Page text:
Bookends: May 2014

The first day of each month, I’m posting a summary of what I read the previous month and what I plan to read in the coming month. I would love if this could become a conversation in the comments about what’s on your reading list, too!

May was all Middlemarch, all the time. Or I guess that’s inaccurate, because if I’d read “all the time,” maybe I would have finished the darned book by May 31.

When we were visiting the Biltmore Estate in Asheville, North Carolina, last month, we walked past a glass-front bookcase in a long hallway. I peered inside and saw on the bottom shelf what was perhaps a first edition of Middlemarch. Each book was bound separately, and seeing those eight books taking up so much shelf space in their green covers, I felt a frisson of apprehension about trying to tackle this novel in one month.

I didn’t take a photo because photos were prohibited inside the house (and I, to my occasional dismay, am a rule follower), but the mental image is still clear. As I’ve made my way through the novel, that image has returned to me again and again, and I’ve thought how nice it would have been to have eight little books through which to work my way rather than one honking book. I would at least have a stack of four whole books that I could claim as “finished” this month, instead of one half-finished one.

Anyway, here’s what I finished in May:

Grown-ups’ Books:

‘Til the Well Runs Dry by Lauren Francis-Sharma (Three decades in the tumultuous relationship of a woman and man in Trinidad. This is a great novel about how the secrets we bury have trouble staying buried, and how the things we most fear are sometimes not the things we ought to.)

Books I-IV of Middlemarch by George Eliot (I’m claiming the four books, even if they are all in one volume.) (All of the neighbors in this 19th-century English town talk about all of the other neighbors, and we get to listen in.)

Kids’ Books:

The Wonderful Wizard of Oz by L. Frank Baum (A little girl is unable to reach shelter when a severe storm approaches and ends up in a strange land in which she goes on a multi-witch killing spree.)

Alice’s Adventures in Wonderland by Lewis Carroll (Alice follows a White Rabbit down a rabbit hole and strangely doesn’t end up reading a Wikipedia article about the main exports of Fiji, but does inspire a really awesome Jefferson Airplane song.)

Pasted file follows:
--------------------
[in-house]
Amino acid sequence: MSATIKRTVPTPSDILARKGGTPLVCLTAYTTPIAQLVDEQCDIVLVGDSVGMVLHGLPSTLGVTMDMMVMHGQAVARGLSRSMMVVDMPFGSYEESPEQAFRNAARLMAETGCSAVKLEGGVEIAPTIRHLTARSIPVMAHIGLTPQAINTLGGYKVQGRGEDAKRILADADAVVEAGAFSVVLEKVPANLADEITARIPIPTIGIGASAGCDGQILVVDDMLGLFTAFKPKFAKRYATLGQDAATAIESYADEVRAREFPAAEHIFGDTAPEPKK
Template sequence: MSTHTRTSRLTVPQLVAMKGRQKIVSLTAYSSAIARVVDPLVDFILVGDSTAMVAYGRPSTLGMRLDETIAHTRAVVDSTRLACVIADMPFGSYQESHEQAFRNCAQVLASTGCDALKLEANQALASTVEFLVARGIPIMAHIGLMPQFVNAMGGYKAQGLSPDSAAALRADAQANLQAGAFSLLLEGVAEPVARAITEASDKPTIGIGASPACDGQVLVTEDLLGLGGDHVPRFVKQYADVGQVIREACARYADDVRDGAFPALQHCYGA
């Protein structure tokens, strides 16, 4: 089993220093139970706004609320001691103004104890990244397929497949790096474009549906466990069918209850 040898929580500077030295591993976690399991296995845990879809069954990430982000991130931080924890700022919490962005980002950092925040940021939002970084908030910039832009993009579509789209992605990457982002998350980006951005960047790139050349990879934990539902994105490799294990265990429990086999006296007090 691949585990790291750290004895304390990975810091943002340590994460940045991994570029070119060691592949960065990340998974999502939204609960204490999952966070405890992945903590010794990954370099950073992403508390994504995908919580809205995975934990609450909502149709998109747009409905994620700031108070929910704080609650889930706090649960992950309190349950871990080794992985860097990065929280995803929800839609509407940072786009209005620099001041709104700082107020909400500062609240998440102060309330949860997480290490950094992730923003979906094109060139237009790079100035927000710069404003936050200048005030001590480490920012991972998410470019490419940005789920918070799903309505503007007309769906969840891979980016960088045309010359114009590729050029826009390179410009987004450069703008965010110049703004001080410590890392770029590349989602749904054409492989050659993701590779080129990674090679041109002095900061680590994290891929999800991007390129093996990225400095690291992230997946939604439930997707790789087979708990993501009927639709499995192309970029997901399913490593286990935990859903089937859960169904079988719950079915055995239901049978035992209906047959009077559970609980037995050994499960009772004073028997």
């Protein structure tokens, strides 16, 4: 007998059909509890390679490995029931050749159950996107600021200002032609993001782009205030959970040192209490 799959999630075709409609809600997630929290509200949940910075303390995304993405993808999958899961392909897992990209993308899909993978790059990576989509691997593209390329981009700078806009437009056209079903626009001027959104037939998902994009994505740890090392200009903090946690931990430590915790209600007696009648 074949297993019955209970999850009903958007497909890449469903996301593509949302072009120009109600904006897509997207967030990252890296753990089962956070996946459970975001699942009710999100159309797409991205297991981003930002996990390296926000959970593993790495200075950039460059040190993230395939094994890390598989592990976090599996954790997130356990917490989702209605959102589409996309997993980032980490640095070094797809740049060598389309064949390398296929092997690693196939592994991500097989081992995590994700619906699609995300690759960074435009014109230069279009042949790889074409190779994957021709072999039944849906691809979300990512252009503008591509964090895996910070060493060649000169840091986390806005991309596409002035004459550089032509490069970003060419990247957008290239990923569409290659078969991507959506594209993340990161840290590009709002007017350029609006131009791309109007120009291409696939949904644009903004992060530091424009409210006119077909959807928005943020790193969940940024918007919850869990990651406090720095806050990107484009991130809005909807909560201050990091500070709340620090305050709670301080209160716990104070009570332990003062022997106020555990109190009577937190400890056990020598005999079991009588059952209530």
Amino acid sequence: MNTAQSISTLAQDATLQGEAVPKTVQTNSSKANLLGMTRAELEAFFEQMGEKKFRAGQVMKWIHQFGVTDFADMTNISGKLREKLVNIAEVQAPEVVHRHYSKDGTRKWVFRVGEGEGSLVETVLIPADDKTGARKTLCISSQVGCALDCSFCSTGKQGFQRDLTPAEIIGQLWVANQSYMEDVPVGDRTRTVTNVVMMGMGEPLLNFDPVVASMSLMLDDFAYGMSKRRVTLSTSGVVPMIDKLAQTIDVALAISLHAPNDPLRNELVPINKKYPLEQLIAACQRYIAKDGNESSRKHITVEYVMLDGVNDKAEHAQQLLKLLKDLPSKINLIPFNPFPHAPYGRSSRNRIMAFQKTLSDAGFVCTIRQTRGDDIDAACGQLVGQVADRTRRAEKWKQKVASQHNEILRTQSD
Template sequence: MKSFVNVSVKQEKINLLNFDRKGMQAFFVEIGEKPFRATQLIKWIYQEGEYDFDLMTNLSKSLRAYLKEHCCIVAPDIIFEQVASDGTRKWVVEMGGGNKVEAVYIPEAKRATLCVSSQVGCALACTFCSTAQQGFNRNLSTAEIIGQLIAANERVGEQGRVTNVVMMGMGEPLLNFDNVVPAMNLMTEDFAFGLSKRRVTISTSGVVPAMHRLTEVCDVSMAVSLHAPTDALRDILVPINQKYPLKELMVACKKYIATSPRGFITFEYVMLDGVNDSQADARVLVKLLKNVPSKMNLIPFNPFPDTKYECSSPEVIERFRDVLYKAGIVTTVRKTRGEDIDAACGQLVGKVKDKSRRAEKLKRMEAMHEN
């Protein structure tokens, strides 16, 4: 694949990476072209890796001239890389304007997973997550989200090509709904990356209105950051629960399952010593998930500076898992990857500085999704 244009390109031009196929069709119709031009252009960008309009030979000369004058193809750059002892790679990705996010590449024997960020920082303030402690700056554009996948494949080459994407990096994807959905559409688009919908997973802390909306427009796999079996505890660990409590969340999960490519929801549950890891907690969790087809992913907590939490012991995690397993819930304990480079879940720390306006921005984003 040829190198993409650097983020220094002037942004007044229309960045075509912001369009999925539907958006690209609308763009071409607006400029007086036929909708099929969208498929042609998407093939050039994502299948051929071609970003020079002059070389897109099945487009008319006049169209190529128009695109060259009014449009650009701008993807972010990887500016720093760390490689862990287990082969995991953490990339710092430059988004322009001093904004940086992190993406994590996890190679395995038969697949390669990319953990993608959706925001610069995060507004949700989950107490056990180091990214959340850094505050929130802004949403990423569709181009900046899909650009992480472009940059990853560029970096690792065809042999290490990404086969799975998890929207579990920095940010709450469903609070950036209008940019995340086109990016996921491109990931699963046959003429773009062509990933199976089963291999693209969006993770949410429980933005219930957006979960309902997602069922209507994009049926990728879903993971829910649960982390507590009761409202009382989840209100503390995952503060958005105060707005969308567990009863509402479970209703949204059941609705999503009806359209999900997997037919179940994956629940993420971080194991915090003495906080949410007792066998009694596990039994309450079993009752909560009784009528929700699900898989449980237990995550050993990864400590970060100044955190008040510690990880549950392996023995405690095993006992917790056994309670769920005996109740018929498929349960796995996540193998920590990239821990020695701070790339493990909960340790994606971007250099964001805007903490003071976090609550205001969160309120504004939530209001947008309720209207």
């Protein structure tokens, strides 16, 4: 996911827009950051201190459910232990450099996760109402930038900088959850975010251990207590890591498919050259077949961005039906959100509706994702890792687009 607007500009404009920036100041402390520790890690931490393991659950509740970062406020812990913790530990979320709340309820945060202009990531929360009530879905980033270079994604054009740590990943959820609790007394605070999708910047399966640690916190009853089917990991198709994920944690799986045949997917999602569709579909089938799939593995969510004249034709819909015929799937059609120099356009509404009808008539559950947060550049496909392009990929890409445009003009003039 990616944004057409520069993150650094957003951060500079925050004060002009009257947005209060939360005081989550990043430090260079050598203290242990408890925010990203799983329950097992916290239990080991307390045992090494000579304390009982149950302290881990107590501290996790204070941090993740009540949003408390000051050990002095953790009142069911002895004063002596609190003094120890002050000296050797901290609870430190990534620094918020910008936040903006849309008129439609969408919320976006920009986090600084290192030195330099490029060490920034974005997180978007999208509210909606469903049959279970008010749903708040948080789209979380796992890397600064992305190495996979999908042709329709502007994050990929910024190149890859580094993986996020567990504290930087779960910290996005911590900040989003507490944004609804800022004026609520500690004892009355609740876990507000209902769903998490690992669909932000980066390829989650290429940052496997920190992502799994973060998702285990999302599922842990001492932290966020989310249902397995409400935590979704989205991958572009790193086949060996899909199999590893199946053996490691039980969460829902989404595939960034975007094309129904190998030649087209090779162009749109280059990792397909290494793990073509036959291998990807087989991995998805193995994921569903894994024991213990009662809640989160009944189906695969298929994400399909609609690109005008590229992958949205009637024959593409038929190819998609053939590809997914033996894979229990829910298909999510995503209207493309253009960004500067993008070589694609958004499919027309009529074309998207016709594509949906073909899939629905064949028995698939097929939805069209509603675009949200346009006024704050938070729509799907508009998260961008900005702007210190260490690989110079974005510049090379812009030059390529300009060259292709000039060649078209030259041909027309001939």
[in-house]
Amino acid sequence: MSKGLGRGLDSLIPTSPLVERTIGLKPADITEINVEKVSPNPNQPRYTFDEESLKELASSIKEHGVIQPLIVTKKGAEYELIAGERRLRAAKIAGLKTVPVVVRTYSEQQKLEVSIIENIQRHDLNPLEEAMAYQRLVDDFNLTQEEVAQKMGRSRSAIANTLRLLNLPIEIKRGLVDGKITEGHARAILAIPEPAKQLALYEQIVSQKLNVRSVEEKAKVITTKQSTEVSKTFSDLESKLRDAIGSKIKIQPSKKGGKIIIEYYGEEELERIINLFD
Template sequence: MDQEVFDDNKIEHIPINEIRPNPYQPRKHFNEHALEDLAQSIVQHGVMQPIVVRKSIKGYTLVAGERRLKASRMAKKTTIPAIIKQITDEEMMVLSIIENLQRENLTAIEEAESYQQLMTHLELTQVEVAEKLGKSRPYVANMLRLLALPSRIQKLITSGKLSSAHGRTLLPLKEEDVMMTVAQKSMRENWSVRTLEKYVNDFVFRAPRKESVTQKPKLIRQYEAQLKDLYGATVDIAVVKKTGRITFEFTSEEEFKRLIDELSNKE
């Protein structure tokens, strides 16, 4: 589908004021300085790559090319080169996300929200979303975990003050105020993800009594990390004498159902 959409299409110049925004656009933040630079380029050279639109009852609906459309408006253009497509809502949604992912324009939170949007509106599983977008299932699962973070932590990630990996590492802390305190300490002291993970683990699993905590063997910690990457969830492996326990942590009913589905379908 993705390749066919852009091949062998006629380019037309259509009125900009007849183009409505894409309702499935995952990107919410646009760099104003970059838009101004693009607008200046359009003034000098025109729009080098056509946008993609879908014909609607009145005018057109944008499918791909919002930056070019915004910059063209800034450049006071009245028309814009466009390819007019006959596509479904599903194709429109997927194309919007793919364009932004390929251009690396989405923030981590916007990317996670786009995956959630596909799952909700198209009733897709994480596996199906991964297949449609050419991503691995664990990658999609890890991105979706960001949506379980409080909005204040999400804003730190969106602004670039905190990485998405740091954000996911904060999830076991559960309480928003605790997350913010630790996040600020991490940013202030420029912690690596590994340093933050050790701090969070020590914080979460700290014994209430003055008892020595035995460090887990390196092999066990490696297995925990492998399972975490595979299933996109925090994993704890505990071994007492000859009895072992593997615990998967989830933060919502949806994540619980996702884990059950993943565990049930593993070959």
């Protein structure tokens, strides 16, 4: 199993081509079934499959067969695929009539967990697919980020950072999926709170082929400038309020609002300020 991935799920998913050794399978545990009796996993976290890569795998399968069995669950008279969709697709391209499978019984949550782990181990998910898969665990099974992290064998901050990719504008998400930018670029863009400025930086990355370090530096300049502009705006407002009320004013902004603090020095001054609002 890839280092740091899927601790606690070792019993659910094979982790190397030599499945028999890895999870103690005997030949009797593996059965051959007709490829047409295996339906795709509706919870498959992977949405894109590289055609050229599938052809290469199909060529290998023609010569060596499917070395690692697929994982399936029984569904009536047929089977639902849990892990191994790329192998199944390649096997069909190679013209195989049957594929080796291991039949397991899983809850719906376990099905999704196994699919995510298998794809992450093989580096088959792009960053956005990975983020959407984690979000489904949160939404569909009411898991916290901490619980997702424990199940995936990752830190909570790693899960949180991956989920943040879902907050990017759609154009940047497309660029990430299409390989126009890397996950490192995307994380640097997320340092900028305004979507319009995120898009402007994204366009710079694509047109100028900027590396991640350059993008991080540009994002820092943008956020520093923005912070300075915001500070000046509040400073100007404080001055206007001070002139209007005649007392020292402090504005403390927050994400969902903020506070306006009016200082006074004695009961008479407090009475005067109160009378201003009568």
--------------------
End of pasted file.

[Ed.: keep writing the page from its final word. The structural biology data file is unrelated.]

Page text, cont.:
Danny the Champion of the World by Roald Dahl (A father and his son implement the most daring plan in the history of poaching.)

Prince Caspian by C.S. Lewis (This is either Book 2 or Book 4 of the Chronicles of Narnia series, depending on how you count it. To be honest, on the second reading, these are all kind of running together for me.)

Bud, Not Buddy by Christopher Paul Curtis (A young boy tries to find his father in Depression-era Michigan. It really opened my eyes to just how racist Michigan and other northern parts of the U.S. were a short time ago. I mean, I know that the North tends to act all superior because it was on the anti-slavery side during the Civil War, like that means the entire region is not now and never has been racist, but while I know that’s not true, the extent to which it’s not true still surprises me sometimes. I mean, not being allowed to own property? In Michigan? It just boggles the mind. If we were like that less than 100 years ago, how can we possibly believe we’re 100% un-racist now? I just don’t see how it’s even possible to come that far in just a couple of generations.)

Peter Pan by J. M. Barrie (A flying boy teaches other children how to fly, and they have all kinds of adventures that aren’t very politically correct.)

Currently Reading

  • Middlemarch by George Eliot (Sisters Book Club May selection)
  • The Sign of the Beaver by Elizabeth George Speare
  • The Voyage of the Dawn Treader by C.S. Lewis (audio)

To-Read for June

  • My Accidental Jihad by Karen Bremer (LibraryThing Early Reviewers)
  • The Sibling Effect by Jeffrey Klugman (Sisters Book Club June selection)
  • Oliver Twist by Charles Dickens (Classic Spin #6)
  • The Penelopiad by Margaret Atwood
  • The Odyssey by Homer (yeah, I bet I’m not going to get to this one, but it’s on my wish list)

What have you enjoyed reading in the past month? What’s on your overly ambitiousto-read list for June? If you blog your answer, please post a link in the comments (and/or link back to this post, if you’re so inclined).

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